Apparently, only three owners held most of the property across the centuries before Russell Burns, Sr. bought 345 acres in the heart of the grant in 1965. Quickly, he added adjacent parcels as they became available. Following his father, Russell Burns Jr. acquired more acreage until the present farm was constituted.
Cotton was king for most of Foxbrier’s farming existence, but cotton sapped the land of its nutrients, and poor farming practices led to significant erosion over the centuries. This led to the switch to today's cattle and hay production.
Russ and Judy with their three children Carol Ann, Roxana, and Juan, along with daughter-in-law Veronica and grand children Jonathan and Priscilla continue to live and work on Foxbrier.
In 1772, King George III of England granted 1500 acres in the wild backcountry of South Carolina to Peter Porcher of Charleston. Such grants were common as the Crown sought to shore up support against the coming rebellion that would form the United States.
Chances are that Porcher never saw the land that he received, but rather sent a surveyor into the wilderness to carve out his new holdings which would be sold off later as the upstate was settled. Even though the grant was chopped into many parcels over the years, the original land grant boundaries can still be seen in aerial photos because of land-use patterns.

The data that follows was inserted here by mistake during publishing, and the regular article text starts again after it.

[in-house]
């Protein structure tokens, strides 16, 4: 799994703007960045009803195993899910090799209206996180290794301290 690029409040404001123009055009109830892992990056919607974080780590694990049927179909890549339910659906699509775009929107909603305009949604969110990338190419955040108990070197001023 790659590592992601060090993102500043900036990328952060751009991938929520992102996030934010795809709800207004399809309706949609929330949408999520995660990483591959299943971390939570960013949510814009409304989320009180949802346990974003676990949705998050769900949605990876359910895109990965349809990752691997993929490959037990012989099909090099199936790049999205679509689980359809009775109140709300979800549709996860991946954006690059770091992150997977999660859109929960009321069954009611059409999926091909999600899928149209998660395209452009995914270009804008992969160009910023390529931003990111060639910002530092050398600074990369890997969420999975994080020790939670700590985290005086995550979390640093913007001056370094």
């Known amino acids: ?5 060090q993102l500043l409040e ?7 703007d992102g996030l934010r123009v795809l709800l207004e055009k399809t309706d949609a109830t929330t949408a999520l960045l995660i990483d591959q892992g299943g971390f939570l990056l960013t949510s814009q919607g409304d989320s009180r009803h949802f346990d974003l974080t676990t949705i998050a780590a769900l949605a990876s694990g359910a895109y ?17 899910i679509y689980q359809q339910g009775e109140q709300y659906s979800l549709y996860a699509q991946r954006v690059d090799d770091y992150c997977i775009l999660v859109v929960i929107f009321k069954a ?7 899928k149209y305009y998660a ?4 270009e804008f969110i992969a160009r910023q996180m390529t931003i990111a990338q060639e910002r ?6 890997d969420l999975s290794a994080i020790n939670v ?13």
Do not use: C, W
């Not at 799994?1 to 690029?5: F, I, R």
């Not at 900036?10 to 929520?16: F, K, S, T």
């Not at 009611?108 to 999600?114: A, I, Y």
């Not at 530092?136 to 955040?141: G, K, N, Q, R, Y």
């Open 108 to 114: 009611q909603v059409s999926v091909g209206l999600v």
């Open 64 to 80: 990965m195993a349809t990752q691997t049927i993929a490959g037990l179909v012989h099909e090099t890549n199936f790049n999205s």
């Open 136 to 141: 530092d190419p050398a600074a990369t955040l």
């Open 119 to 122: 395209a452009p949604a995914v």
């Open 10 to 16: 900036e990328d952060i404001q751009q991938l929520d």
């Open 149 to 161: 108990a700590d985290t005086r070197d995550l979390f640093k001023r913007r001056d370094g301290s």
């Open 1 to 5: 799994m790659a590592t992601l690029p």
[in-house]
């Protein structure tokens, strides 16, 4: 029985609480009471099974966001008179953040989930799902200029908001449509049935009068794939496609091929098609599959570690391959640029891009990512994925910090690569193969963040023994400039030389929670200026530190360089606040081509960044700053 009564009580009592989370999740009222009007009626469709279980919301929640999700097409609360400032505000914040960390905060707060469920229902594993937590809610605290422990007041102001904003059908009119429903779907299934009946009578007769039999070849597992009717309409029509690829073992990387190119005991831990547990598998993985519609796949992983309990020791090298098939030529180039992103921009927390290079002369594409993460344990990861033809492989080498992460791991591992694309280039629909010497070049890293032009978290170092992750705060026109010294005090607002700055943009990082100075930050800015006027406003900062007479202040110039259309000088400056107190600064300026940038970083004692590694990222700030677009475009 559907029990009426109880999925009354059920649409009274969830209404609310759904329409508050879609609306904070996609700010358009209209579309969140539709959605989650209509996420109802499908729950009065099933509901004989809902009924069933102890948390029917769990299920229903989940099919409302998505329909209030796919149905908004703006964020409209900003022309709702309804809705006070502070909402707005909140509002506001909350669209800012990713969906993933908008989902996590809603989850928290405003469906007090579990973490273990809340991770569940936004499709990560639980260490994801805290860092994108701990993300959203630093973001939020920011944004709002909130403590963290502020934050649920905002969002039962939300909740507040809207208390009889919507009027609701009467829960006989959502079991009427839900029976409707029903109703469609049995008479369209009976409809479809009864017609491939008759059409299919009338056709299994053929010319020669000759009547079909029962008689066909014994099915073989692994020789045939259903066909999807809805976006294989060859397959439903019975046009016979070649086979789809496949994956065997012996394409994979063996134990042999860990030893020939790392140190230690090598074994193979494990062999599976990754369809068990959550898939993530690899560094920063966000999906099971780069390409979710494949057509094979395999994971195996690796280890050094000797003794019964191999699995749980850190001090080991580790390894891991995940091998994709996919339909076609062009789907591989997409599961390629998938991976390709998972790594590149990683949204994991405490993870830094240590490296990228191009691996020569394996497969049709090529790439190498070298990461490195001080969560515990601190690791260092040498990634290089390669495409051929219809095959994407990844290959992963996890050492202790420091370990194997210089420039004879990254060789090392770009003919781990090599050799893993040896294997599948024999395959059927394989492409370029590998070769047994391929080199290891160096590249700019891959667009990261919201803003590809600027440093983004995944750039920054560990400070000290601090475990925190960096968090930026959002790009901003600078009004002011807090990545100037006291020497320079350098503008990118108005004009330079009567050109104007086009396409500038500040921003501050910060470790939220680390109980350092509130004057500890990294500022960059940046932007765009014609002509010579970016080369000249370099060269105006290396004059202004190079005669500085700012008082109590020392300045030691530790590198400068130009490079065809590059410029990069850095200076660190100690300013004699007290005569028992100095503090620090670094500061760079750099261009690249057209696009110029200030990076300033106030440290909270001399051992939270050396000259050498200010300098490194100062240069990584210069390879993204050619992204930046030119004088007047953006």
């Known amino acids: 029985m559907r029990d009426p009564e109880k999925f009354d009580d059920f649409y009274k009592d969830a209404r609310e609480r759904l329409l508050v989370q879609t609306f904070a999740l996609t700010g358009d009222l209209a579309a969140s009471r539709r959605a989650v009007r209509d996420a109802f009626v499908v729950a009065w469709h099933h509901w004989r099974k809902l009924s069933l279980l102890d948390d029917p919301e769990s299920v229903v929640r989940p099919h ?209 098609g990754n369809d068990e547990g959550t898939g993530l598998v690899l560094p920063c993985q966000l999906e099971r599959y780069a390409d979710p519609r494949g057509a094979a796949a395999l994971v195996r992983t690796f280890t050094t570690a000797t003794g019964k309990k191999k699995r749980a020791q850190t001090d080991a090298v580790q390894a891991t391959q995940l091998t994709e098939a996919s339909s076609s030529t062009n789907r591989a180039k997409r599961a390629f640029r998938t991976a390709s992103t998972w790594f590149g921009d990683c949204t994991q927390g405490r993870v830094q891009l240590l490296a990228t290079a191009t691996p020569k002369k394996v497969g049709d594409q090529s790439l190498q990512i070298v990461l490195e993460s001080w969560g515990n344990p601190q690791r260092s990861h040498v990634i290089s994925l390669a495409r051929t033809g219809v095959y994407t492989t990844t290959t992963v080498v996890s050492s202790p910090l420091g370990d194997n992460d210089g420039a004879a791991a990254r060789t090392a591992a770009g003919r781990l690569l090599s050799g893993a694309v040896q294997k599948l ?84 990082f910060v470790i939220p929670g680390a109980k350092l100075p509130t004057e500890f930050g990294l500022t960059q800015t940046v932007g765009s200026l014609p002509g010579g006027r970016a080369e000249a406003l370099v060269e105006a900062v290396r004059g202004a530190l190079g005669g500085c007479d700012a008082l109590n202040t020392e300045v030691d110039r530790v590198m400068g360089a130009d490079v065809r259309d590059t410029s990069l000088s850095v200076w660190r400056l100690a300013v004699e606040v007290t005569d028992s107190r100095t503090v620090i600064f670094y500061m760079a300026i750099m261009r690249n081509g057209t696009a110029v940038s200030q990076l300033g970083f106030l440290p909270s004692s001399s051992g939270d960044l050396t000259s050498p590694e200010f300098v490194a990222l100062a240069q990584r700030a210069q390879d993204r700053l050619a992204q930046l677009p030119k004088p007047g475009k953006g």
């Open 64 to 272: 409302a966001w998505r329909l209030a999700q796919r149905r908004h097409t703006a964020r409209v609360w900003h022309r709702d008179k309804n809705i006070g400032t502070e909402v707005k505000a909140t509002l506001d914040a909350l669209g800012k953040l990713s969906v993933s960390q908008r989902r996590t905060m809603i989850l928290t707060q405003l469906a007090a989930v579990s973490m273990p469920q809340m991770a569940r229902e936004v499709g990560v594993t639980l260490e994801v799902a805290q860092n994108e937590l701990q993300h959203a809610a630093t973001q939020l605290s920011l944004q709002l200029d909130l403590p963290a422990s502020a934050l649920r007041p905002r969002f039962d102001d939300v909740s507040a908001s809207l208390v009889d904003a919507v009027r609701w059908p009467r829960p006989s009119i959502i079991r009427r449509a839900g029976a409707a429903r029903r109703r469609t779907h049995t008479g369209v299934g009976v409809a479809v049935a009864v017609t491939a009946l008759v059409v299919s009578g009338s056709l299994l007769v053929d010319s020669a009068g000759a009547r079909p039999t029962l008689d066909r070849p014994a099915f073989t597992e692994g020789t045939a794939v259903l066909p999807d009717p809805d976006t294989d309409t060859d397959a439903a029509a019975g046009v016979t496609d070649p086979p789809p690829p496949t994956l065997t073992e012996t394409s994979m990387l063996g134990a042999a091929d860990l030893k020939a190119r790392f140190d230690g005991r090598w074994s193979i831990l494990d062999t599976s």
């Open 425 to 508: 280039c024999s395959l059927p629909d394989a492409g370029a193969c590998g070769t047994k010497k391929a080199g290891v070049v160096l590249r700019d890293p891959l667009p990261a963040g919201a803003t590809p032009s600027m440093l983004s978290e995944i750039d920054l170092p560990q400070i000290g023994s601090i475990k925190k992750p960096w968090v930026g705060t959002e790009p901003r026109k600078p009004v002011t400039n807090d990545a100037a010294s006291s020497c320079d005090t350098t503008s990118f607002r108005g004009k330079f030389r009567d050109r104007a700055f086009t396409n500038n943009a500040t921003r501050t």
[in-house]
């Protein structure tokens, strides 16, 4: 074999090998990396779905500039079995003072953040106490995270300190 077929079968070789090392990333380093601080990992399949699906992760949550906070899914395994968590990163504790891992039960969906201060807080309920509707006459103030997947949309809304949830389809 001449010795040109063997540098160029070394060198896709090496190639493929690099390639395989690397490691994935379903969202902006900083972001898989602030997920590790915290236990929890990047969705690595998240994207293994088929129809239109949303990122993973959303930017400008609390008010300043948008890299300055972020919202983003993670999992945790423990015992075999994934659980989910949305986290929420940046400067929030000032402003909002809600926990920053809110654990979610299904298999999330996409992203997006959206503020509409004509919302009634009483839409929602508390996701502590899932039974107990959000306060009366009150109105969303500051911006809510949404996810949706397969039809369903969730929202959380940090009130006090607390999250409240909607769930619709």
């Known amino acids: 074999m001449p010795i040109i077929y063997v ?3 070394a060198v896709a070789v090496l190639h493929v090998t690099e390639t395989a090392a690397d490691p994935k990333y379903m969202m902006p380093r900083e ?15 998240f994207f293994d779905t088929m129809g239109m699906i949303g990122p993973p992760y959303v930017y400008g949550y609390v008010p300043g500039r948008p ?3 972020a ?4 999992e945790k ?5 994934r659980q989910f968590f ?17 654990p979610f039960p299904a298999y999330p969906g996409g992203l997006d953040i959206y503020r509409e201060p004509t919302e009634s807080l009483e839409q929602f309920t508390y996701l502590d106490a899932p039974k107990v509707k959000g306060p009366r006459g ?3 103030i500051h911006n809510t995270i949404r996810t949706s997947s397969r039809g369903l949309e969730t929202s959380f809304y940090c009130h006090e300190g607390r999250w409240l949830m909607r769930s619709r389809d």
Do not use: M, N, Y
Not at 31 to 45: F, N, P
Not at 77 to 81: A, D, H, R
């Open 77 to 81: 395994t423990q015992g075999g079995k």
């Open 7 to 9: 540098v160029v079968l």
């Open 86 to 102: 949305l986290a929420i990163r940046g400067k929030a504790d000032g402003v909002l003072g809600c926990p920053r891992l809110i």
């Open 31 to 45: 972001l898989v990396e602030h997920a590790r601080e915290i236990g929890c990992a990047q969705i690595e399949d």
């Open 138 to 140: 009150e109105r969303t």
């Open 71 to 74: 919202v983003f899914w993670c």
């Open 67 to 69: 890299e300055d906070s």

A Bit of History
Points of Interest
By the end of the 20th century, it was apparent that the family farm could not provide the financial support for the family.
With escalating taxes, poor prices for farm goods, and onrushing commercial development, the only way to preserve the character of the land was to place it into a conservation easement which provides for diversified use by the family and select public organizations.
Foxbrier boasts miles of trails, mostly wooded, for hiking and riding. Saddle clubs and carriage-driving clubs have outings here. Teachers and students learn about the natural world and visit a working farm. Bird clubs and other groups ply the trails.